The hymn “Now Thank We All Our God” was written by a Lutheran minister, Martin Rinkart (1586-1649). We sing it often during this season of Thanksgiving in praise of our “bounteous God.” But the backdrop of this hymn writer’s life was filled with death, looking nothing like a Norman Rockwell Thanksgiving painting.
Rinkart penned the words of this hymn during the Thirty-Years’ War between Protestants and Catholics. He was one of four parish pastors serving at that time in Eilenburg, Saxony, located in East Germany. But when the war continued to rage on, one pastor left, two died and he alone was left to serve the people.
Eilenburg was a walled city. So, it became a place for refugees, and thus, there was a great shortage of food. Then the plague set in, and scores of people died from this dreaded disease.
Rinkart performed 40 to 50 funerals a day, including his wife’s funeral. It was estimated that he buried more than 4,480 people.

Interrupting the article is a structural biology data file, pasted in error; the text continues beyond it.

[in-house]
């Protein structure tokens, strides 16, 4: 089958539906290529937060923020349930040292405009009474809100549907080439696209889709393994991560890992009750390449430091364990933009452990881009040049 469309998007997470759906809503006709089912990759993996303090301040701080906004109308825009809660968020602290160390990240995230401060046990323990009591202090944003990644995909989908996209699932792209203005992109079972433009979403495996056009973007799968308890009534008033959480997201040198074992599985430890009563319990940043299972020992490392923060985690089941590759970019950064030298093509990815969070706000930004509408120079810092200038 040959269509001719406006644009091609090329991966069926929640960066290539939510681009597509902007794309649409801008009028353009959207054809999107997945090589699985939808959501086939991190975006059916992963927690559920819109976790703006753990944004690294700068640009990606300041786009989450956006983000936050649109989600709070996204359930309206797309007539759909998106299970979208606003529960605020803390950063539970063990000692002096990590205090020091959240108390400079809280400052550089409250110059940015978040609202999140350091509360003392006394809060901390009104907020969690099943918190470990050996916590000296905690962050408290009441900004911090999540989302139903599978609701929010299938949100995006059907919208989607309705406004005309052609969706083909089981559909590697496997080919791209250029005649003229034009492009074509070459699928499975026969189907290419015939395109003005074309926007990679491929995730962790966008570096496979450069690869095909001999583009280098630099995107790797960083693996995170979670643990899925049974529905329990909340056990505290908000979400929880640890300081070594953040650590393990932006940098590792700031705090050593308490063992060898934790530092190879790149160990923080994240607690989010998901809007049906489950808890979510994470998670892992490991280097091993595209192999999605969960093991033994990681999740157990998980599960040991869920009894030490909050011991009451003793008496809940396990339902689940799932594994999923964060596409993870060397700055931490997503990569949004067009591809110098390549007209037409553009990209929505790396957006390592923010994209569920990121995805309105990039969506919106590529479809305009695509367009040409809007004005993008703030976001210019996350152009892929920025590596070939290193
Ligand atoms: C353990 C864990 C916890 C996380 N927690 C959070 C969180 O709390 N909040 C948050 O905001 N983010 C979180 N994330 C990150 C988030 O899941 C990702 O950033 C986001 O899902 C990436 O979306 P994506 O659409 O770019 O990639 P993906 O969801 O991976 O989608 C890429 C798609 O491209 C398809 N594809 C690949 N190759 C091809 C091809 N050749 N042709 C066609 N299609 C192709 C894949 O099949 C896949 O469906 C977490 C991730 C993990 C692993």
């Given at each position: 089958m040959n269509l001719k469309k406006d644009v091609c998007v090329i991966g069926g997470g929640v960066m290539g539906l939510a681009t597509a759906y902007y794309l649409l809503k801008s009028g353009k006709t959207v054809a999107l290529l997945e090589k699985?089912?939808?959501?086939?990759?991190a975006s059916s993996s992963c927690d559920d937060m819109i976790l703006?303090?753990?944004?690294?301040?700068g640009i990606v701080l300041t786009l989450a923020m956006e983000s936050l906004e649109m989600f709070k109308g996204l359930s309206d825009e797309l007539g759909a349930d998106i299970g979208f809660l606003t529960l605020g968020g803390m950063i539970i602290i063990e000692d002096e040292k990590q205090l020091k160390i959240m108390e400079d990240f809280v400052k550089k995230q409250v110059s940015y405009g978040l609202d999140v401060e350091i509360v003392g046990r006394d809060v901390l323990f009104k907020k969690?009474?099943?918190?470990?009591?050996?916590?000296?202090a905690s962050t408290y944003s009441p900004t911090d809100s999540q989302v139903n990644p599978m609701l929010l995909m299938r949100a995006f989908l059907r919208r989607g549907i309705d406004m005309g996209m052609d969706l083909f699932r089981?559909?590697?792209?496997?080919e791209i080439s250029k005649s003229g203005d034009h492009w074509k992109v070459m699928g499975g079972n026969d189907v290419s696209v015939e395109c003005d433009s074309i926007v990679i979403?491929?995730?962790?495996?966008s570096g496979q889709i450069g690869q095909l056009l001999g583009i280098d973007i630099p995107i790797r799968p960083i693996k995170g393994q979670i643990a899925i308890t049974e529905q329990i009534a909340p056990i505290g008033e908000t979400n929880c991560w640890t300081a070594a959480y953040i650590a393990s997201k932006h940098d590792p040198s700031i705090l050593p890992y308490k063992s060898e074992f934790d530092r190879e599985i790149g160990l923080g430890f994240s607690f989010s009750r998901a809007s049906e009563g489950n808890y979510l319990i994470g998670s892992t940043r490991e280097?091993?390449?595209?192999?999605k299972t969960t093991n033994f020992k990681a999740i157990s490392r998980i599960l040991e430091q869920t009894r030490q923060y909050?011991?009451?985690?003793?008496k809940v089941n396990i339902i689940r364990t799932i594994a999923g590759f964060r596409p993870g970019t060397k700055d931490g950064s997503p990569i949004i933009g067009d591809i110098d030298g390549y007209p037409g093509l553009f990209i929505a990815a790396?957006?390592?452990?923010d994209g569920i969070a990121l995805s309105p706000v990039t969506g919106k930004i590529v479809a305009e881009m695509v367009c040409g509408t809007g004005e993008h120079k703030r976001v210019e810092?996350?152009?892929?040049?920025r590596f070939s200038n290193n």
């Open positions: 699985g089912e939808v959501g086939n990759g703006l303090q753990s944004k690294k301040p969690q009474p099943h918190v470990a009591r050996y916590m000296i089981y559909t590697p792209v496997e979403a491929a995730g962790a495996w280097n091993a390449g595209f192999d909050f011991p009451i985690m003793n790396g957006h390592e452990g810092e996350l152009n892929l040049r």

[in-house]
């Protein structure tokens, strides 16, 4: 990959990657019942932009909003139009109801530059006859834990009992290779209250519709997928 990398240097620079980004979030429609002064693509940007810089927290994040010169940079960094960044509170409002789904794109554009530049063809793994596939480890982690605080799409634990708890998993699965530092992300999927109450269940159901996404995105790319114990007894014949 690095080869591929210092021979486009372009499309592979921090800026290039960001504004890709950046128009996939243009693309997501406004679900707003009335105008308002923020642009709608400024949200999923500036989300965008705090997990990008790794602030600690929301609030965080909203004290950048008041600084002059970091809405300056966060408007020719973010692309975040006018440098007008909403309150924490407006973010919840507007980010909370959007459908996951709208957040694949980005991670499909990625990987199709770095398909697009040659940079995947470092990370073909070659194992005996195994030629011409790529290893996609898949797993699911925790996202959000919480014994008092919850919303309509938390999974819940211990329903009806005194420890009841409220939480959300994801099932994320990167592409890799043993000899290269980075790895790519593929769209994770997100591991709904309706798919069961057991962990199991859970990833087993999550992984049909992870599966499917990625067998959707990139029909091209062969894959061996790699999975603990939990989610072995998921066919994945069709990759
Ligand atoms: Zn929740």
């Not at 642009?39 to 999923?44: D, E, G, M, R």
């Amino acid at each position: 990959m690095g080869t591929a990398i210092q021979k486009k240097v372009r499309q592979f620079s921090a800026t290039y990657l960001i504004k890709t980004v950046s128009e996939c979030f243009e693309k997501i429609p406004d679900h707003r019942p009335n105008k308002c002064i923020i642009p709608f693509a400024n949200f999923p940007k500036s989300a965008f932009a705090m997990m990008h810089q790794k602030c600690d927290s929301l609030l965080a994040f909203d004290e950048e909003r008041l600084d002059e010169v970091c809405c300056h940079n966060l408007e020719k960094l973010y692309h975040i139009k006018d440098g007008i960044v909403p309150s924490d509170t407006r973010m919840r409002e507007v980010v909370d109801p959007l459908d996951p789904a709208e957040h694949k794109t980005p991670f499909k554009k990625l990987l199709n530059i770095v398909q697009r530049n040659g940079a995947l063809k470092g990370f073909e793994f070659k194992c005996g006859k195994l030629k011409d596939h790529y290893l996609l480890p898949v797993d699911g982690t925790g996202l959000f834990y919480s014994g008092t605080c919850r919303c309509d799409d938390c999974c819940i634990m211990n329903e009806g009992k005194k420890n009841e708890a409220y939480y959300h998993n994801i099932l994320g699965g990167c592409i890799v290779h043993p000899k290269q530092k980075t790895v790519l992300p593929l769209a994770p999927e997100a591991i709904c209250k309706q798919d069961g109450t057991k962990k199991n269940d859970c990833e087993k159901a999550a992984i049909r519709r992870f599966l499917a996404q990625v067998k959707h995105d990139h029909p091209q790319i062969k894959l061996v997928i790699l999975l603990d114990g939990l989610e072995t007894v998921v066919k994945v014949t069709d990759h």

After the plague came an invading army of Swedes demanding that tribute be paid. The besieged pastor served as the negotiator with the Swedish army; and he paid them the tribute with his own money. When the army refused to leave the town, he gathered the people for intensive prayer. Miraculously, the Swedes departed in peace.
Through it all, Martin Rinkart faithfully gave thanks to God. Indeed, this hymn was an expression of his grateful trust in God despite the extreme hardship he and others were experiencing.
We, too, are called to faithfulness despite, and in the face of, life’s trials. I doubt many of us have ever experienced the depth of tragedies that happened during the time this beloved hymn was penned. But all of us face difficulties and suffering.
The Apostle Paul tells us to “Rejoice always, pray without ceasing, and give thanks in all circumstances, for this is the will of God in Christ Jesus for you.” (I Thessalonians 5:16-18)
May God continue to help us recognize and give thanks for the unmistakable, abundant blessings in our lives, even those forged from the burdens life imposes on us. And when we look back later, may we reflect on God’s steadfast providence and goodness to us, through it all.
History source: hymnary.org
Learn more about Martin Rinckart (spelled with or without the “c”) and this favorite hymn from the UMC Discipleship Ministries website article, History of Hymns: “Now Thank We All Our God.”